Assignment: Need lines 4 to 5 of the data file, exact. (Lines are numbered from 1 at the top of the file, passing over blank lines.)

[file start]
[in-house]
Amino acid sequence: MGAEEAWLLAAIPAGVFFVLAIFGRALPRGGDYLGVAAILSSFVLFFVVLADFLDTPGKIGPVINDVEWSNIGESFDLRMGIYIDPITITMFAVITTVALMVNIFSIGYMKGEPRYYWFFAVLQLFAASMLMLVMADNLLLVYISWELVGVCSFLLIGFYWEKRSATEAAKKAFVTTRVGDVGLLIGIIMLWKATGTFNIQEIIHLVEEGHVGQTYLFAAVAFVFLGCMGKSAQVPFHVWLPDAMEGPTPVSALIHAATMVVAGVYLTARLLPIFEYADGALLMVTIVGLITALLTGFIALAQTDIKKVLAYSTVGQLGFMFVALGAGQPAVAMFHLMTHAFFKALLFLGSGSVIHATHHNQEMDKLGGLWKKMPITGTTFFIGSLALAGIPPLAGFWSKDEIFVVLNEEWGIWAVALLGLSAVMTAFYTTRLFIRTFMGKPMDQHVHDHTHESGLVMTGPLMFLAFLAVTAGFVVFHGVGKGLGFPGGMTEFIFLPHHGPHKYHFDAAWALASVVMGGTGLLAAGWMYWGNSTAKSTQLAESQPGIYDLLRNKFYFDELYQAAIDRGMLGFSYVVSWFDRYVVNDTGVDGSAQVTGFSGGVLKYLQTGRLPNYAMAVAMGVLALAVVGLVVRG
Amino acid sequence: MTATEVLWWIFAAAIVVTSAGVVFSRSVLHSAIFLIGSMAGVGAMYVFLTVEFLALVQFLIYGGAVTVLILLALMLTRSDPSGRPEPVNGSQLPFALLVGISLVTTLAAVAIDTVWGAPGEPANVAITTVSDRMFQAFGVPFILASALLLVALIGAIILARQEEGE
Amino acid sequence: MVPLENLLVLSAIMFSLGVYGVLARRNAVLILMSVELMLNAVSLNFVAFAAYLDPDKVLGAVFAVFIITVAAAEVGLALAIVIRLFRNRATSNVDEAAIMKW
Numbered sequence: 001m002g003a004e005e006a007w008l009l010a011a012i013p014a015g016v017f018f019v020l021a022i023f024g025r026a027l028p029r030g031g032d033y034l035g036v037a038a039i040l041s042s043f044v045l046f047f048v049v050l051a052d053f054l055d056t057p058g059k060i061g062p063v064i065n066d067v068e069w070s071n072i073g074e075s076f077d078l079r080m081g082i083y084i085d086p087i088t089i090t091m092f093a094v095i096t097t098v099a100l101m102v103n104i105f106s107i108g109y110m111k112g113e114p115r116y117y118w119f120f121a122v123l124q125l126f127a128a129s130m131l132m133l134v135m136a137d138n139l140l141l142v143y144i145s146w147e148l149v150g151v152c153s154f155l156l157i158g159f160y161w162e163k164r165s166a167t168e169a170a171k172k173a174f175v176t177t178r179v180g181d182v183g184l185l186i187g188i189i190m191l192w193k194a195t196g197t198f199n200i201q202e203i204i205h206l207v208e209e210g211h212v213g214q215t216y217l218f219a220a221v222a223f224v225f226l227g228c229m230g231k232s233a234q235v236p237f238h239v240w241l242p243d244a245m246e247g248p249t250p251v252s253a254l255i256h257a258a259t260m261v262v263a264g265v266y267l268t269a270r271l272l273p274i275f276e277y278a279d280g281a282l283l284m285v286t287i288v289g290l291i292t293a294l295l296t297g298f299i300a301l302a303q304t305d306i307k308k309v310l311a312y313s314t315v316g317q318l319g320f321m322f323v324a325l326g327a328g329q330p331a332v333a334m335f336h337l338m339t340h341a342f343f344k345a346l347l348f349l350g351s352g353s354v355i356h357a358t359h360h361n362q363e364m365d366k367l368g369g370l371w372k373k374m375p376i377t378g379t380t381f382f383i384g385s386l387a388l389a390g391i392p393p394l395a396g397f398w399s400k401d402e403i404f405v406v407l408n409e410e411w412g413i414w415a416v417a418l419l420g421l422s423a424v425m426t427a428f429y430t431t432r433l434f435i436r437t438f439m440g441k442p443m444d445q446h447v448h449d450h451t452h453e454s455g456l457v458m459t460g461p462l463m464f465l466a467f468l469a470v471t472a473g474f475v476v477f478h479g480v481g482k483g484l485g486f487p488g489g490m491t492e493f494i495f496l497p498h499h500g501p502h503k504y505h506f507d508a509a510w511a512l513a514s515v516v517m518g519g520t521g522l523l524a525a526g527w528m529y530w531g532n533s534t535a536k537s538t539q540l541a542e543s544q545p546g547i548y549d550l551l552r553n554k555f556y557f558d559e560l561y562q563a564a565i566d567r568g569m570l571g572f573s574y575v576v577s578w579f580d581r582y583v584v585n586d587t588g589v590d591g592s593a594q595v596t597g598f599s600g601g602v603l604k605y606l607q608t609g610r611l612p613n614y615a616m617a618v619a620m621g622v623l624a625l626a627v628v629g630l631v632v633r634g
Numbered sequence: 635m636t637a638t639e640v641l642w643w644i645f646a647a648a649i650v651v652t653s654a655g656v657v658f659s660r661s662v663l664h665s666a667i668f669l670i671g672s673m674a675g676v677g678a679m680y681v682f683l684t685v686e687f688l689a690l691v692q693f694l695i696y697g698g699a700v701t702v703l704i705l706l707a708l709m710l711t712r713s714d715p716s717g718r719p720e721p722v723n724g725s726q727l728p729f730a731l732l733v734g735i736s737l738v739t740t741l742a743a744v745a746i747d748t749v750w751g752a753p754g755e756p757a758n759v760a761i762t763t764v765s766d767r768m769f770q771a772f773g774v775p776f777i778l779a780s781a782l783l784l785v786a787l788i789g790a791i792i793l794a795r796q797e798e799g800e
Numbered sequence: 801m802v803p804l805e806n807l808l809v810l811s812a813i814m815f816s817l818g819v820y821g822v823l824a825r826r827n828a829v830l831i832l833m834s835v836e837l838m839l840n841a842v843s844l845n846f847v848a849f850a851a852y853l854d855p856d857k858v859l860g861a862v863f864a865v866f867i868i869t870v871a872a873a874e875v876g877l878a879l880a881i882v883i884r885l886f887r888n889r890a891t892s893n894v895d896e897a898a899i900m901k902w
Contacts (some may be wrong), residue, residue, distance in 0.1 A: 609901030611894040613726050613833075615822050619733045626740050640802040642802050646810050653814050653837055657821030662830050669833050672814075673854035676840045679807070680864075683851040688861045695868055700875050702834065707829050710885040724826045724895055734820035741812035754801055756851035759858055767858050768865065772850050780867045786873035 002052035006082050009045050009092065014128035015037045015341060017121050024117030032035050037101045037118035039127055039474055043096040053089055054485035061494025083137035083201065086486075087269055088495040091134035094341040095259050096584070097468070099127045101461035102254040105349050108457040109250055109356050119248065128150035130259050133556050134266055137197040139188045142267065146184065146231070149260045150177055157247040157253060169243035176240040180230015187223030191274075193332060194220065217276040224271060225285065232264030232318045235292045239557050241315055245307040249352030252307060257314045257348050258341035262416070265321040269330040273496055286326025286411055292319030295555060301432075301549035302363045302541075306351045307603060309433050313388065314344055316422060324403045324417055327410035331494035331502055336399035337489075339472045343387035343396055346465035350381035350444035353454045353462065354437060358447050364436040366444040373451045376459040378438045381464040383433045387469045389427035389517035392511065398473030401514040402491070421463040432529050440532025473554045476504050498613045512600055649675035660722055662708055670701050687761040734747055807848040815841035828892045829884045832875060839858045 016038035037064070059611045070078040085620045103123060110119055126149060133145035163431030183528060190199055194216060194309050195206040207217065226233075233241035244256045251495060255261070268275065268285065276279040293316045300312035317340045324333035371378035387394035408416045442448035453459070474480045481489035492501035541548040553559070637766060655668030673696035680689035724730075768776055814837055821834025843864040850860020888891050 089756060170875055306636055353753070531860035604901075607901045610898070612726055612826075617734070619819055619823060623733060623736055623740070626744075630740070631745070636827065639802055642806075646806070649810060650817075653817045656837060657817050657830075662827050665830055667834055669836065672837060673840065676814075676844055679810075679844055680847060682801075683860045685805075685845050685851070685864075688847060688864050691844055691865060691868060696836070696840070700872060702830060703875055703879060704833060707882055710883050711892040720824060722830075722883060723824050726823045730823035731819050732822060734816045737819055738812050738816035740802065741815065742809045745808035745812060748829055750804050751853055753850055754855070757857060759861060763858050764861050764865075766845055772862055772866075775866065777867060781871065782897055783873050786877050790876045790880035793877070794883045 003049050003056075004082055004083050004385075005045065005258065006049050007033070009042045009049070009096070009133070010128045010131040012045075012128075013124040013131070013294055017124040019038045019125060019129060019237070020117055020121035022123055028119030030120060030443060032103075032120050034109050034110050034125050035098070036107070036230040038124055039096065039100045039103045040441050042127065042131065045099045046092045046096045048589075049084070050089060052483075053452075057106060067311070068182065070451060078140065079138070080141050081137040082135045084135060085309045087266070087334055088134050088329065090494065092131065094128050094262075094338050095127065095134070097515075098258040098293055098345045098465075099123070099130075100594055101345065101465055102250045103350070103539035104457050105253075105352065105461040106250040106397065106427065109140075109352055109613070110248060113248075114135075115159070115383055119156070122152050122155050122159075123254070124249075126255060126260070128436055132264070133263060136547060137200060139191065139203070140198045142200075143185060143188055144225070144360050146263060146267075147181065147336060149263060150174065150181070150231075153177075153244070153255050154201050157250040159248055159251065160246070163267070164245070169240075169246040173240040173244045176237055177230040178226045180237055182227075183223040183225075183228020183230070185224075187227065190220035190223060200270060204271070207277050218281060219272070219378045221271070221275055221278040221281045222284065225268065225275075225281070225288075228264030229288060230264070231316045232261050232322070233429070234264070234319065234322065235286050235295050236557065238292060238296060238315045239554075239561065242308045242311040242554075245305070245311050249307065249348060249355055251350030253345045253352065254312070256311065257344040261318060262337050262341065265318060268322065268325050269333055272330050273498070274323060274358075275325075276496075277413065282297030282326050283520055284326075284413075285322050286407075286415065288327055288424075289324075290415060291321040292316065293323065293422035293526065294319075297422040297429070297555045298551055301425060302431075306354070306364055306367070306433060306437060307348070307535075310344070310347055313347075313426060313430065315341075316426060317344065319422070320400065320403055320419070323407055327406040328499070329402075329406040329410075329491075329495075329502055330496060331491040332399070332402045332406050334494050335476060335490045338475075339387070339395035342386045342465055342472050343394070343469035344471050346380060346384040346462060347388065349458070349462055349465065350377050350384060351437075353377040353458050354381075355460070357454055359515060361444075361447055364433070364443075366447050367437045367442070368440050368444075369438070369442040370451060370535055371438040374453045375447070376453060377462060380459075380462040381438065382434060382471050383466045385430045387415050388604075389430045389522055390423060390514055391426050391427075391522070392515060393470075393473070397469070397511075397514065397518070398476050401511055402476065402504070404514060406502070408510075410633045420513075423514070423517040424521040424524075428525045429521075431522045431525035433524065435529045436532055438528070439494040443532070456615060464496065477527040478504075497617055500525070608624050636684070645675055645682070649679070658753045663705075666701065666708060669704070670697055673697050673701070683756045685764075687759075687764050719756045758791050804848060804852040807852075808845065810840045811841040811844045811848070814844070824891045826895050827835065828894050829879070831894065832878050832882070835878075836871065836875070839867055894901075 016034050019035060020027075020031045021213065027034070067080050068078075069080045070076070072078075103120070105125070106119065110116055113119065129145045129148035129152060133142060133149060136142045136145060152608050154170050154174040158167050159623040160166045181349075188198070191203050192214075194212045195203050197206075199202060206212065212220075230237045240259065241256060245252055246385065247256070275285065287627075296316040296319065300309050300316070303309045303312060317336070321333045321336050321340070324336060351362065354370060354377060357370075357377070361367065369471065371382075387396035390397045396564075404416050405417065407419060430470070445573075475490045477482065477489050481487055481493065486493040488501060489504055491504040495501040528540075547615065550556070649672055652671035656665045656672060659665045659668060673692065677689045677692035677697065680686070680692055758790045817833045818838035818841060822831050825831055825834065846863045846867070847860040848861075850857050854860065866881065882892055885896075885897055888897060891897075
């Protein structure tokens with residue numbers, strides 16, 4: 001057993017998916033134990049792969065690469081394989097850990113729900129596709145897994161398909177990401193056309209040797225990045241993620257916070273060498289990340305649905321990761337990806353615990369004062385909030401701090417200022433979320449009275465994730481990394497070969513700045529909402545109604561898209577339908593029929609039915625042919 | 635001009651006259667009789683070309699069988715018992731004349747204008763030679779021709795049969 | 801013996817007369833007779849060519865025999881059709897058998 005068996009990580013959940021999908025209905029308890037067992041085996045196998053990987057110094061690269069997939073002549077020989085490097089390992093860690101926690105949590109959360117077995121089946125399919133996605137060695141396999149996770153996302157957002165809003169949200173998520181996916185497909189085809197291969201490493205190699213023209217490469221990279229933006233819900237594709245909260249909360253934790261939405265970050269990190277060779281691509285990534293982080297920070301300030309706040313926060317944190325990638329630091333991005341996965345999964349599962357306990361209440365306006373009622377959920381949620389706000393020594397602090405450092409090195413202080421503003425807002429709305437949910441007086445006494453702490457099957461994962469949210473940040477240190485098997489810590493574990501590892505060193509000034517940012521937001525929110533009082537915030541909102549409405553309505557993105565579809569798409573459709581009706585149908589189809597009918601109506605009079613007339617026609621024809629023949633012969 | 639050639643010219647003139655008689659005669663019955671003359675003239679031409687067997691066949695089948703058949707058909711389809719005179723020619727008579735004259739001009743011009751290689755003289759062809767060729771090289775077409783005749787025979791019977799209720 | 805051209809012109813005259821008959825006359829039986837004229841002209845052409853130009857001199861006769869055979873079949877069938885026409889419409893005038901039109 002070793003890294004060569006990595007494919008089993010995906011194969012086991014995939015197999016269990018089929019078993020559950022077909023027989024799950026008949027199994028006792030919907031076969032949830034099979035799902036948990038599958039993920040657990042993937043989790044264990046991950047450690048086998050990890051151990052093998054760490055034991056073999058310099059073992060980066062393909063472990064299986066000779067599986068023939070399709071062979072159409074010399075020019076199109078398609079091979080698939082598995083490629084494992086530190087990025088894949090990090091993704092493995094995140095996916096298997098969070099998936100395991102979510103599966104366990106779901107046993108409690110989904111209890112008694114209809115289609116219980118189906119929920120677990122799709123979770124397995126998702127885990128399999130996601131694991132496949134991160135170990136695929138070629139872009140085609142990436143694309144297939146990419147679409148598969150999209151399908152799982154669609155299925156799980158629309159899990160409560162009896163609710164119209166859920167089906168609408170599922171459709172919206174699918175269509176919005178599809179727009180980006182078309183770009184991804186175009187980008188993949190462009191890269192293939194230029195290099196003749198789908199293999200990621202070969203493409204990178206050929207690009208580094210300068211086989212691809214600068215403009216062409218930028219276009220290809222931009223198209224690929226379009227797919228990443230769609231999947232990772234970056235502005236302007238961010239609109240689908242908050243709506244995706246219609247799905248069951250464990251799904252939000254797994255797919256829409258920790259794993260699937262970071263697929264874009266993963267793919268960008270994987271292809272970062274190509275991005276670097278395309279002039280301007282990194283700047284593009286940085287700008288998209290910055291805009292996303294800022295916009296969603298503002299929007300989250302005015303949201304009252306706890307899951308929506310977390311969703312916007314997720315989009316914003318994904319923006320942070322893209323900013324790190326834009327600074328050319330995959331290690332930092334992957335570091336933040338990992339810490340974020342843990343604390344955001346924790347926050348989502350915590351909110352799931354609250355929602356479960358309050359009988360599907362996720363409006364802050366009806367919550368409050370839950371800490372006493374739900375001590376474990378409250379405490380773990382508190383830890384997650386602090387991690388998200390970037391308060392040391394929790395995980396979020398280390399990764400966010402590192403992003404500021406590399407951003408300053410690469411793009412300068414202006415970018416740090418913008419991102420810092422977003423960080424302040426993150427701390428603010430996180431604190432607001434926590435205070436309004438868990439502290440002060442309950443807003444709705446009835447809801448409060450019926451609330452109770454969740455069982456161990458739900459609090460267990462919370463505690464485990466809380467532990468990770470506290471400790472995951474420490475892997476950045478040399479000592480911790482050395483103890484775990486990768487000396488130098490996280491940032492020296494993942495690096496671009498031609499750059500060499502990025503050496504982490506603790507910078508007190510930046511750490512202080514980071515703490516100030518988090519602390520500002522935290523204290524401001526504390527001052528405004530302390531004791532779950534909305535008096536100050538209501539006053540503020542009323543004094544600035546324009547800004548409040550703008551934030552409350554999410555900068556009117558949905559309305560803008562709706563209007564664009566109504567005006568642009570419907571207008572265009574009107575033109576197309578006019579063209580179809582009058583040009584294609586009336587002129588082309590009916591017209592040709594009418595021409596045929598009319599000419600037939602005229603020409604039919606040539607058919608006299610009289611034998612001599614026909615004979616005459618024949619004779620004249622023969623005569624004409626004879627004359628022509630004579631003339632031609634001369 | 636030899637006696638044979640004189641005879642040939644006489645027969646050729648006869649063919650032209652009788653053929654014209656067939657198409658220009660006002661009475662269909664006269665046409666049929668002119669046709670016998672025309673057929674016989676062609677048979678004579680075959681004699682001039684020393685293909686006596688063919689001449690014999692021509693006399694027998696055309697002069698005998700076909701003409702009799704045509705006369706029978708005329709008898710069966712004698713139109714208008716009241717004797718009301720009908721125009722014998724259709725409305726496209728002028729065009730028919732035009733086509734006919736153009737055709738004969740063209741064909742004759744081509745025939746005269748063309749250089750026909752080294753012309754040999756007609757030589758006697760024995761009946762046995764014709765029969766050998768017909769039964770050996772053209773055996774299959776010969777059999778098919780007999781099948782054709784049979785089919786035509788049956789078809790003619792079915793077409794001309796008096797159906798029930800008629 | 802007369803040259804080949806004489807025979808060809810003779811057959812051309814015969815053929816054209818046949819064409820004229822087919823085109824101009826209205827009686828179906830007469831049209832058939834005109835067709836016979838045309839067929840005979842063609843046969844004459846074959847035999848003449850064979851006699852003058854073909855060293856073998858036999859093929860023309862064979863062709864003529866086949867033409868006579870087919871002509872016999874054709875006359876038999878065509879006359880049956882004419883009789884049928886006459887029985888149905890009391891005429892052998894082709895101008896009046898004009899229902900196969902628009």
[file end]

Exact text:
Amino acid sequence: MVPLENLLVLSAIMFSLGVYGVLARRNAVLILMSVELMLNAVSLNFVAFAAYLDPDKVLGAVFAVFIITVAAAEVGLALAIVIRLFRNRATSNVDEAAIMKW
Numbered sequence: 001m002g003a004e005e006a007w008l009l010a011a012i013p014a015g016v017f018f019v020l021a022i023f024g025r026a027l028p029r030g031g032d033y034l035g036v037a038a039i040l041s042s043f044v045l046f047f048v049v050l051a052d053f054l055d056t057p058g059k060i061g062p063v064i065n066d067v068e069w070s071n072i073g074e075s076f077d078l079r080m081g082i083y084i085d086p087i088t089i090t091m092f093a094v095i096t097t098v099a100l101m102v103n104i105f106s107i108g109y110m111k112g113e114p115r116y117y118w119f120f121a122v123l124q125l126f127a128a129s130m131l132m133l134v135m136a137d138n139l140l141l142v143y144i145s146w147e148l149v150g151v152c153s154f155l156l157i158g159f160y161w162e163k164r165s166a167t168e169a170a171k172k173a174f175v176t177t178r179v180g181d182v183g184l185l186i187g188i189i190m191l192w193k194a195t196g197t198f199n200i201q202e203i204i205h206l207v208e209e210g211h212v213g214q215t216y217l218f219a220a221v222a223f224v225f226l227g228c229m230g231k232s233a234q235v236p237f238h239v240w241l242p243d244a245m246e247g248p249t250p251v252s253a254l255i256h257a258a259t260m261v262v263a264g265v266y267l268t269a270r271l272l273p274i275f276e277y278a279d280g281a282l283l284m285v286t287i288v289g290l291i292t293a294l295l296t297g298f299i300a301l302a303q304t305d306i307k308k309v310l311a312y313s314t315v316g317q318l319g320f321m322f323v324a325l326g327a328g329q330p331a332v333a334m335f336h337l338m339t340h341a342f343f344k345a346l347l348f349l350g351s352g353s354v355i356h357a358t359h360h361n362q363e364m365d366k367l368g369g370l371w372k373k374m375p376i377t378g379t380t381f382f383i384g385s386l387a388l389a390g391i392p393p394l395a396g397f398w399s400k401d402e403i404f405v406v407l408n409e410e411w412g413i414w415a416v417a418l419l420g421l422s423a424v425m426t427a428f429y430t431t432r433l434f435i436r437t438f439m440g441k442p443m444d445q446h447v448h449d450h451t452h453e454s455g456l457v458m459t460g461p462l463m464f465l466a467f468l469a470v471t472a473g474f475v476v477f478h479g480v481g482k483g484l485g486f487p488g489g490m491t492e493f494i495f496l497p498h499h500g501p502h503k504y505h506f507d508a509a510w511a512l513a514s515v516v517m518g519g520t521g522l523l524a525a526g527w528m529y530w531g532n533s534t535a536k537s538t539q540l541a542e543s544q545p546g547i548y549d550l551l552r553n554k555f556y557f558d559e560l561y562q563a564a565i566d567r568g569m570l571g572f573s574y575v576v577s578w579f580d581r582y583v584v585n586d587t588g589v590d591g592s593a594q595v596t597g598f599s600g601g602v603l604k605y606l607q608t609g610r611l612p613n614y615a616m617a618v619a620m621g622v623l624a625l626a627v628v629g630l631v632v633r634g